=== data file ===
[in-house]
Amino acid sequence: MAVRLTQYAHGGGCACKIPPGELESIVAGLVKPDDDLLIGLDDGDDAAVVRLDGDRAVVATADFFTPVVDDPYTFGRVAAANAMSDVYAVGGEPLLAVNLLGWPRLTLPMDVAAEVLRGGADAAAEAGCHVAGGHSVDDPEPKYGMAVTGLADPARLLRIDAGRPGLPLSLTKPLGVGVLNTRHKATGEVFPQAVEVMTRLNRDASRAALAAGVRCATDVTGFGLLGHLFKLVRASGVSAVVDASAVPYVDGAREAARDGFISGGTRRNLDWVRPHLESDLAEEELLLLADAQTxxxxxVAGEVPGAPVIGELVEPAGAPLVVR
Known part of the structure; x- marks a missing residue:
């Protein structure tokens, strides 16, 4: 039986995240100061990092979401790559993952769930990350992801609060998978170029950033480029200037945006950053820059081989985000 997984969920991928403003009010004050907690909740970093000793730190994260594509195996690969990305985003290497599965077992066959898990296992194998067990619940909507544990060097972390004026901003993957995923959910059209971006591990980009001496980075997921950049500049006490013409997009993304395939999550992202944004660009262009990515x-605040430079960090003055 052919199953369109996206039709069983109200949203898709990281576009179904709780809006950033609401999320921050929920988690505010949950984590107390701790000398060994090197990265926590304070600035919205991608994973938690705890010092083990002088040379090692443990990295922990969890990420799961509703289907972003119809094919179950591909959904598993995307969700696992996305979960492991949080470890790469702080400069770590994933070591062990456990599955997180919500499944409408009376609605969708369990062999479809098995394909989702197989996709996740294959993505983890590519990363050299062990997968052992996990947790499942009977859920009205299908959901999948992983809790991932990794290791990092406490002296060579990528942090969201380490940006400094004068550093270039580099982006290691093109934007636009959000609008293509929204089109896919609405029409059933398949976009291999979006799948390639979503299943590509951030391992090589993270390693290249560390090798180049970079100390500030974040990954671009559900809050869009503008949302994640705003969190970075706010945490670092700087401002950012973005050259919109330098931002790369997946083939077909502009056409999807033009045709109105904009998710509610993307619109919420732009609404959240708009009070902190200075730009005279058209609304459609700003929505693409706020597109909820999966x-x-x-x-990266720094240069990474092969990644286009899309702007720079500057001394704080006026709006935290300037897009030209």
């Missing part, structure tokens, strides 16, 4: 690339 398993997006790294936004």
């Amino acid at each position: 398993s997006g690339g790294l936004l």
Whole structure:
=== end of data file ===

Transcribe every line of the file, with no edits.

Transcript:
[in-house]
Amino acid sequence: MAVRLTQYAHGGGCACKIPPGELESIVAGLVKPDDDLLIGLDDGDDAAVVRLDGDRAVVATADFFTPVVDDPYTFGRVAAANAMSDVYAVGGEPLLAVNLLGWPRLTLPMDVAAEVLRGGADAAAEAGCHVAGGHSVDDPEPKYGMAVTGLADPARLLRIDAGRPGLPLSLTKPLGVGVLNTRHKATGEVFPQAVEVMTRLNRDASRAALAAGVRCATDVTGFGLLGHLFKLVRASGVSAVVDASAVPYVDGAREAARDGFISGGTRRNLDWVRPHLESDLAEEELLLLADAQTxxxxxVAGEVPGAPVIGELVEPAGAPLVVR
Known part of the structure; x- marks a missing residue:
């Protein structure tokens, strides 16, 4: 039986995240100061990092979401790559993952769930990350992801609060998978170029950033480029200037945006950053820059081989985000 997984969920991928403003009010004050907690909740970093000793730190994260594509195996690969990305985003290497599965077992066959898990296992194998067990619940909507544990060097972390004026901003993957995923959910059209971006591990980009001496980075997921950049500049006490013409997009993304395939999550992202944004660009262009990515x-605040430079960090003055 052919199953369109996206039709069983109200949203898709990281576009179904709780809006950033609401999320921050929920988690505010949950984590107390701790000398060994090197990265926590304070600035919205991608994973938690705890010092083990002088040379090692443990990295922990969890990420799961509703289907972003119809094919179950591909959904598993995307969700696992996305979960492991949080470890790469702080400069770590994933070591062990456990599955997180919500499944409408009376609605969708369990062999479809098995394909989702197989996709996740294959993505983890590519990363050299062990997968052992996990947790499942009977859920009205299908959901999948992983809790991932990794290791990092406490002296060579990528942090969201380490940006400094004068550093270039580099982006290691093109934007636009959000609008293509929204089109896919609405029409059933398949976009291999979006799948390639979503299943590509951030391992090589993270390693290249560390090798180049970079100390500030974040990954671009559900809050869009503008949302994640705003969190970075706010945490670092700087401002950012973005050259919109330098931002790369997946083939077909502009056409999807033009045709109105904009998710509610993307619109919420732009609404959240708009009070902190200075730009005279058209609304459609700003929505693409706020597109909820999966x-x-x-x-990266720094240069990474092969990644286009899309702007720079500057001394704080006026709006935290300037897009030209």
């Missing part, structure tokens, strides 16, 4: 690339 398993997006790294936004």
């Amino acid at each position: 398993s997006g690339g790294l936004l």
Whole structure: